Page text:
An international study led by scientists at Université de Montréal and University of Oxford, has identified a gene associated with common migraines. Their findings show that a mutation in the KCNK18 gene inhibits the function of a protein called TRESK. TRESK normally plays a key role in nerve cell communication.
Published in Nature Medicine, this study may have implications for people who suffer from recurrent headaches, which include more than six million Canadians.
Previously, genes for migraine have been found only in a rare form involving headaches combined with limb weakness limited to one side of the body. "We focused on the more common types of migraine, without this muscle weakness, in our study, and looked at genes controlling brain excitability," says lead author Ron Lafrenière, Associate Director of the Centre of Excellence in Neuromics of the Université de Montréal (CENUM).
The researchers compared the DNA from migraine sufferers to that of non-sufferers. "We found a mutation in the KCNK18 gene that interrupts TRESK function in one large family suffering from migraine with aura," say Lafrenière. "When we tested everyone in the family, all those who suffered from migraine also had the mutation."
Aura migraines are those that are preceded or accompanied by sensory warning symptoms or signs (auras), such as flashes of light, blind spots or tingling in an arm or leg. The ensuing headache can be associated with sensitivity to lights, sounds, and smells, as well as nausea and occasional vomiting.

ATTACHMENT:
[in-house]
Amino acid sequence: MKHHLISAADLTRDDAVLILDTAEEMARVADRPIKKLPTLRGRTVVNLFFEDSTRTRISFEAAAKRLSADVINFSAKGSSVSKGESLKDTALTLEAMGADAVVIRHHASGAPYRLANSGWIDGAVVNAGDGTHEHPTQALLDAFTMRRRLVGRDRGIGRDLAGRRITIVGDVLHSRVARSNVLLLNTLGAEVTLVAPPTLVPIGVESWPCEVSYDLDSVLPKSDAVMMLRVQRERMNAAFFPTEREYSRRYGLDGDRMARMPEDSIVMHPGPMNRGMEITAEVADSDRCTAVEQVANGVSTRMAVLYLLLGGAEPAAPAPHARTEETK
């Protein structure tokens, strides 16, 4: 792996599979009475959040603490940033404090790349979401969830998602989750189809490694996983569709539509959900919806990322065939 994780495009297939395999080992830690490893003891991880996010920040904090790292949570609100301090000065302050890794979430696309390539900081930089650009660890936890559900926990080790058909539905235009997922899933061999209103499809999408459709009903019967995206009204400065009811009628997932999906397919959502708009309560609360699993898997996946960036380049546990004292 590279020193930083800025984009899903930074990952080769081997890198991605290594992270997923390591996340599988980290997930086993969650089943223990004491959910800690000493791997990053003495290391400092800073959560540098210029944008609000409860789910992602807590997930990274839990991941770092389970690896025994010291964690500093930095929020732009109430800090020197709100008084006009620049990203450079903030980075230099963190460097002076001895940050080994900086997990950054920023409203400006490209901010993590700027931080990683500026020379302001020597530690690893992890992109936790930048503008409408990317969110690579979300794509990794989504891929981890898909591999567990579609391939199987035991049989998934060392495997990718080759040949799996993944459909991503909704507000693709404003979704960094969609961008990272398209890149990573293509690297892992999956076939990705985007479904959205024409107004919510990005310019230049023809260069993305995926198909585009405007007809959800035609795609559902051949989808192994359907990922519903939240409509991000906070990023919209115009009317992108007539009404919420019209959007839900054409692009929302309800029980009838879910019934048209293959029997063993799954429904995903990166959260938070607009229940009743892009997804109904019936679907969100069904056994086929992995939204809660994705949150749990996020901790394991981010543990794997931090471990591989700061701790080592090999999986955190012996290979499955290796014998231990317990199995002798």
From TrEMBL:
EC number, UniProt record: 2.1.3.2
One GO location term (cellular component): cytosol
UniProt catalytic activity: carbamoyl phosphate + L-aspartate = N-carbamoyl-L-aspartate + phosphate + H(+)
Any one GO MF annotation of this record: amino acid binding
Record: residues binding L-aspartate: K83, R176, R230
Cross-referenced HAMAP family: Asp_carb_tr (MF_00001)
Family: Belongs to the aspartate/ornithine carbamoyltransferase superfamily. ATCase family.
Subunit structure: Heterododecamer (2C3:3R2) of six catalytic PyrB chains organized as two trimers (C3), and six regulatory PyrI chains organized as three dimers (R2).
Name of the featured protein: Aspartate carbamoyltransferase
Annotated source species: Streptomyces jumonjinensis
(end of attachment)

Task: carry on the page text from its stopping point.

Mutation results in incomplete TRESK protein
The mutation causes production of an incomplete form of TRESK which disrupt the normal functioning of this protein. The end result is an alteration in the electrical activity (excitability) of cells. "We now have direct evidence that migraine is a nerve excitability problem and have highlighted a key causal pathway in migraine' says the joint lead author, Dr Zameel Cader from the MRC Functional Genomics Unit at Oxford.
TRESK present in migraine-relevant areas
Cell culture and in vitro experiments revealed that TRESK is present in certain neurons of the brain. "We showed that TRESK is in specific neuronal structures (trigeminal ganglia and dorsal root ganglia) that have been linked to migraine and pain pathways," says Lafreniere.
"This is a highly significant finding because activation of trigeminal ganglion neurons is central to migraine development and increased activation of these neurons could very plausibly increase the risk for developing a migraine attack," explains senior author Guy Rouleau, a Université de Montréal professor and Director of the Sainte-Justine University Hospital Research Center. "While TRESK mutations are present only in a small number of migraine sufferers, because we believe that TRESK helps control the excitability of nerve cells, our results suggest that increasing TRESK activity pharmacologically may help reduce the frequency or severity of migraine episodes, irrespective of their origin."
Migraines are debilitating chronic headaches that can cause pain for hours or days. They can begin in the early teen years and may be triggered by many things, including stress, odors, certain foods, alcohol, etc.
This study was funded by Genome Canada, Génome Québec, Emerillon Therapeutics, the Wellcome Trust, Pfizer, the Medical Research Council (UK) and the Natural Sciences and Engineering Research Council of Canada.
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